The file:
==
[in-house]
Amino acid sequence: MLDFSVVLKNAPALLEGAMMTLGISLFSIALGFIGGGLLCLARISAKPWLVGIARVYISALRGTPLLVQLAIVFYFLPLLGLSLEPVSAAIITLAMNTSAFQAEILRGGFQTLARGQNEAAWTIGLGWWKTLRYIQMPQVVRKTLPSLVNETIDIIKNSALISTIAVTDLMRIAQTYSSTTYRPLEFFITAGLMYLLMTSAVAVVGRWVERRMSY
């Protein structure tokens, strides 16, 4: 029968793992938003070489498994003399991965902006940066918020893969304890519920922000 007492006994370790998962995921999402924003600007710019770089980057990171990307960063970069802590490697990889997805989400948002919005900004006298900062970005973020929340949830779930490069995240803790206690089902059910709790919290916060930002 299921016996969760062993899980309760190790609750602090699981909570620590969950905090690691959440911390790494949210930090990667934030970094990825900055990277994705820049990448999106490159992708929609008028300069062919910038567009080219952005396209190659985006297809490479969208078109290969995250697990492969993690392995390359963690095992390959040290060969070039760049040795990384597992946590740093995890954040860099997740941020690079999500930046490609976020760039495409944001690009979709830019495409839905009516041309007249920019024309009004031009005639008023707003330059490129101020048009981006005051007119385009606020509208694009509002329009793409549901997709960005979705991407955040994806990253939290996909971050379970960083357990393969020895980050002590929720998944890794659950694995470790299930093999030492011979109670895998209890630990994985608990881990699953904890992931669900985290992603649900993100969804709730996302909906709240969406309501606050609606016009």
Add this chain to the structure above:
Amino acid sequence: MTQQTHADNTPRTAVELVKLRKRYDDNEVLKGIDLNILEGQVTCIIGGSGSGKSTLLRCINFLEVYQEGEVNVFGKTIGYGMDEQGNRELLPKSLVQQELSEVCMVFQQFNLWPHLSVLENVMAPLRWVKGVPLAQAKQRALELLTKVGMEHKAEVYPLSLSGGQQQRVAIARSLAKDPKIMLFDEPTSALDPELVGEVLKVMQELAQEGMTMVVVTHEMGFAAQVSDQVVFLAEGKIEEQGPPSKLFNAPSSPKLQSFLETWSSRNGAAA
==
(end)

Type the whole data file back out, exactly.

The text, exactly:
[in-house]
Amino acid sequence: MLDFSVVLKNAPALLEGAMMTLGISLFSIALGFIGGGLLCLARISAKPWLVGIARVYISALRGTPLLVQLAIVFYFLPLLGLSLEPVSAAIITLAMNTSAFQAEILRGGFQTLARGQNEAAWTIGLGWWKTLRYIQMPQVVRKTLPSLVNETIDIIKNSALISTIAVTDLMRIAQTYSSTTYRPLEFFITAGLMYLLMTSAVAVVGRWVERRMSY
């Protein structure tokens, strides 16, 4: 029968793992938003070489498994003399991965902006940066918020893969304890519920922000 007492006994370790998962995921999402924003600007710019770089980057990171990307960063970069802590490697990889997805989400948002919005900004006298900062970005973020929340949830779930490069995240803790206690089902059910709790919290916060930002 299921016996969760062993899980309760190790609750602090699981909570620590969950905090690691959440911390790494949210930090990667934030970094990825900055990277994705820049990448999106490159992708929609008028300069062919910038567009080219952005396209190659985006297809490479969208078109290969995250697990492969993690392995390359963690095992390959040290060969070039760049040795990384597992946590740093995890954040860099997740941020690079999500930046490609976020760039495409944001690009979709830019495409839905009516041309007249920019024309009004031009005639008023707003330059490129101020048009981006005051007119385009606020509208694009509002329009793409549901997709960005979705991407955040994806990253939290996909971050379970960083357990393969020895980050002590929720998944890794659950694995470790299930093999030492011979109670895998209890630990994985608990881990699953904890992931669900985290992603649900993100969804709730996302909906709240969406309501606050609606016009």
Add this chain to the structure above:
Amino acid sequence: MTQQTHADNTPRTAVELVKLRKRYDDNEVLKGIDLNILEGQVTCIIGGSGSGKSTLLRCINFLEVYQEGEVNVFGKTIGYGMDEQGNRELLPKSLVQQELSEVCMVFQQFNLWPHLSVLENVMAPLRWVKGVPLAQAKQRALELLTKVGMEHKAEVYPLSLSGGQQQRVAIARSLAKDPKIMLFDEPTSALDPELVGEVLKVMQELAQEGMTMVVVTHEMGFAAQVSDQVVFLAEGKIEEQGPPSKLFNAPSSPKLQSFLETWSSRNGAAA